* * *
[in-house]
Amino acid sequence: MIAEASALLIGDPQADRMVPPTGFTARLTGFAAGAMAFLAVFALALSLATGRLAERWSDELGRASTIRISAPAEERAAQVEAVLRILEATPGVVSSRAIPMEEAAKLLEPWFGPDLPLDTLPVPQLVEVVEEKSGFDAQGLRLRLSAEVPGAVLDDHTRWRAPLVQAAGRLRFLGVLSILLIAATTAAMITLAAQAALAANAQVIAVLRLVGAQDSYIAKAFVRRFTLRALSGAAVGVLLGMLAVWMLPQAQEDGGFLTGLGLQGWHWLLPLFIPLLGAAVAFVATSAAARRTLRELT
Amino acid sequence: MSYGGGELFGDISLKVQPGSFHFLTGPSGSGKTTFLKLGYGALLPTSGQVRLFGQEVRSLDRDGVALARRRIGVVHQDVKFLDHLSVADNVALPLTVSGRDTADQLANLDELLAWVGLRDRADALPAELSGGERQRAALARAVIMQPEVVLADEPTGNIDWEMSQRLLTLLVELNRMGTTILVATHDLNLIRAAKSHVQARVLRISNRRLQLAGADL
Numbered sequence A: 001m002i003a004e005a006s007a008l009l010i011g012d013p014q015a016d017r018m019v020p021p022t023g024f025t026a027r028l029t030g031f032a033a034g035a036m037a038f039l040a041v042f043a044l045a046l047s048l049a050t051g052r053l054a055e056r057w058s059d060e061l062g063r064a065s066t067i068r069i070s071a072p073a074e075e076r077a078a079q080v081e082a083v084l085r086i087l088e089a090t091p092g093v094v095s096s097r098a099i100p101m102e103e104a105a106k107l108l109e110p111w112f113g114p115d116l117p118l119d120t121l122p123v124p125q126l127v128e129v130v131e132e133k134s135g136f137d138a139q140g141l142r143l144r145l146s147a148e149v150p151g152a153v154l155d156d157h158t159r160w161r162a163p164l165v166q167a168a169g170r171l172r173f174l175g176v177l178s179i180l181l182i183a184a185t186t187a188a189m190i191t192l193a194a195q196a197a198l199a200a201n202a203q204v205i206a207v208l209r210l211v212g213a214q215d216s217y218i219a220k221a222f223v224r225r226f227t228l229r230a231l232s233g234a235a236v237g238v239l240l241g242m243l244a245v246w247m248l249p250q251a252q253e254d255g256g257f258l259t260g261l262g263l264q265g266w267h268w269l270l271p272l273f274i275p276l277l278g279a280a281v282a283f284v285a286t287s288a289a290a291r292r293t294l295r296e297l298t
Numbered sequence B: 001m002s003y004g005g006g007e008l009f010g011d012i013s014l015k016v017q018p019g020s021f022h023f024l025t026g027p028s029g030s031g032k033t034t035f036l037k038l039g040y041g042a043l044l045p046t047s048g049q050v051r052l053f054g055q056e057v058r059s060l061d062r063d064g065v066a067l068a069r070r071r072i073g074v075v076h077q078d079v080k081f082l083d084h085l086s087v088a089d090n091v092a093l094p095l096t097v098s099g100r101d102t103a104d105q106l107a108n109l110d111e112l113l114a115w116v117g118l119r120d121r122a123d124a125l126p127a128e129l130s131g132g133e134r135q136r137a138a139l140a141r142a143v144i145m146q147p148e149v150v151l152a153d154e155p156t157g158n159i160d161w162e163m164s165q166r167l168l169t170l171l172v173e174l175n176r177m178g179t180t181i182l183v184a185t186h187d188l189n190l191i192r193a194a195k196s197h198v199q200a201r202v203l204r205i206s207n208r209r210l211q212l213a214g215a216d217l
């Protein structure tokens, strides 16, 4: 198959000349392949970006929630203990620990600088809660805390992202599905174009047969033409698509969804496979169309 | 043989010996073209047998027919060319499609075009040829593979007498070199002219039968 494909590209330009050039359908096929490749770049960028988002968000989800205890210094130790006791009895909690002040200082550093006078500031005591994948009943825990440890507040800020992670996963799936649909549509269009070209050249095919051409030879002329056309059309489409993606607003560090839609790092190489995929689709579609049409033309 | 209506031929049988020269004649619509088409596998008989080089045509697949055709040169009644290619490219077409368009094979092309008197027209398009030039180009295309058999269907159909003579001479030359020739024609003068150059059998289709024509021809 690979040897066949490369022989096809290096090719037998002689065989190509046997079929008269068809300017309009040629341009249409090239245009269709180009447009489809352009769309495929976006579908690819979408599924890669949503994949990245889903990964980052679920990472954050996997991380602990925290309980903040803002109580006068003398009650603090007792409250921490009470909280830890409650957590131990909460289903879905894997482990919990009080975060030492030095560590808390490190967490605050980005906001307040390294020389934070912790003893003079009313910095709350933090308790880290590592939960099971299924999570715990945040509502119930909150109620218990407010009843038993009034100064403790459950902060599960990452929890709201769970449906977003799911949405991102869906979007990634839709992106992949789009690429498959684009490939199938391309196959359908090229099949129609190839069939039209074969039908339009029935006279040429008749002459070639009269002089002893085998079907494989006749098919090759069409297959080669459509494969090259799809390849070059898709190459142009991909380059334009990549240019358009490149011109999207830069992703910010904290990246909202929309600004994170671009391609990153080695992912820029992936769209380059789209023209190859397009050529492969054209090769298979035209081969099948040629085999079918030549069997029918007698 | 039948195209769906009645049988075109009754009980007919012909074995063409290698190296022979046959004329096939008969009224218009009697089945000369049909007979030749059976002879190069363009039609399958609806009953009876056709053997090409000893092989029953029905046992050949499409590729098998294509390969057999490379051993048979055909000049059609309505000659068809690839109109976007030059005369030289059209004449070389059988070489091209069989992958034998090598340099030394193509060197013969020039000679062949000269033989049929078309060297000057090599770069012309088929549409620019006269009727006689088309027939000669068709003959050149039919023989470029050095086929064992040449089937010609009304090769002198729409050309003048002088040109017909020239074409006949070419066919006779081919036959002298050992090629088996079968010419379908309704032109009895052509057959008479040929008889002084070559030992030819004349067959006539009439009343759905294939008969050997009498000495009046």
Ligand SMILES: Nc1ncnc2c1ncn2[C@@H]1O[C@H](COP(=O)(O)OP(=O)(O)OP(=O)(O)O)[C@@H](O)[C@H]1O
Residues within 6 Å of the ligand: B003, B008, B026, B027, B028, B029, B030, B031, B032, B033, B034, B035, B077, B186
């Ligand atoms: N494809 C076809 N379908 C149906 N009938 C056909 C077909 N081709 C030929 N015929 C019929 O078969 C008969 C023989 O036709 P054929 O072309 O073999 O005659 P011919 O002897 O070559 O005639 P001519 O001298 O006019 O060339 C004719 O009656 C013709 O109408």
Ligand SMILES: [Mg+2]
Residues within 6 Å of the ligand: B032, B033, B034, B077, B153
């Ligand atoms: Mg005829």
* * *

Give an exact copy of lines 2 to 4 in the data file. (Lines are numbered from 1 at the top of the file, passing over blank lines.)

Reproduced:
Amino acid sequence: MIAEASALLIGDPQADRMVPPTGFTARLTGFAAGAMAFLAVFALALSLATGRLAERWSDELGRASTIRISAPAEERAAQVEAVLRILEATPGVVSSRAIPMEEAAKLLEPWFGPDLPLDTLPVPQLVEVVEEKSGFDAQGLRLRLSAEVPGAVLDDHTRWRAPLVQAAGRLRFLGVLSILLIAATTAAMITLAAQAALAANAQVIAVLRLVGAQDSYIAKAFVRRFTLRALSGAAVGVLLGMLAVWMLPQAQEDGGFLTGLGLQGWHWLLPLFIPLLGAAVAFVATSAAARRTLRELT
Amino acid sequence: MSYGGGELFGDISLKVQPGSFHFLTGPSGSGKTTFLKLGYGALLPTSGQVRLFGQEVRSLDRDGVALARRRIGVVHQDVKFLDHLSVADNVALPLTVSGRDTADQLANLDELLAWVGLRDRADALPAELSGGERQRAALARAVIMQPEVVLADEPTGNIDWEMSQRLLTLLVELNRMGTTILVATHDLNLIRAAKSHVQARVLRISNRRLQLAGADL
Numbered sequence A: 001m002i003a004e005a006s007a008l009l010i011g012d013p014q015a016d017r018m019v020p021p022t023g024f025t026a027r028l029t030g031f032a033a034g035a036m037a038f039l040a041v042f043a044l045a046l047s048l049a050t051g052r053l054a055e056r057w058s059d060e061l062g063r064a065s066t067i068r069i070s071a072p073a074e075e076r077a078a079q080v081e082a083v084l085r086i087l088e089a090t091p092g093v094v095s096s097r098a099i100p101m102e103e104a105a106k107l108l109e110p111w112f113g114p115d116l117p118l119d120t121l122p123v124p125q126l127v128e129v130v131e132e133k134s135g136f137d138a139q140g141l142r143l144r145l146s147a148e149v150p151g152a153v154l155d156d157h158t159r160w161r162a163p164l165v166q167a168a169g170r171l172r173f174l175g176v177l178s179i180l181l182i183a184a185t186t187a188a189m190i191t192l193a194a195q196a197a198l199a200a201n202a203q204v205i206a207v208l209r210l211v212g213a214q215d216s217y218i219a220k221a222f223v224r225r226f227t228l229r230a231l232s233g234a235a236v237g238v239l240l241g242m243l244a245v246w247m248l249p250q251a252q253e254d255g256g257f258l259t260g261l262g263l264q265g266w267h268w269l270l271p272l273f274i275p276l277l278g279a280a281v282a283f284v285a286t287s288a289a290a291r292r293t294l295r296e297l298t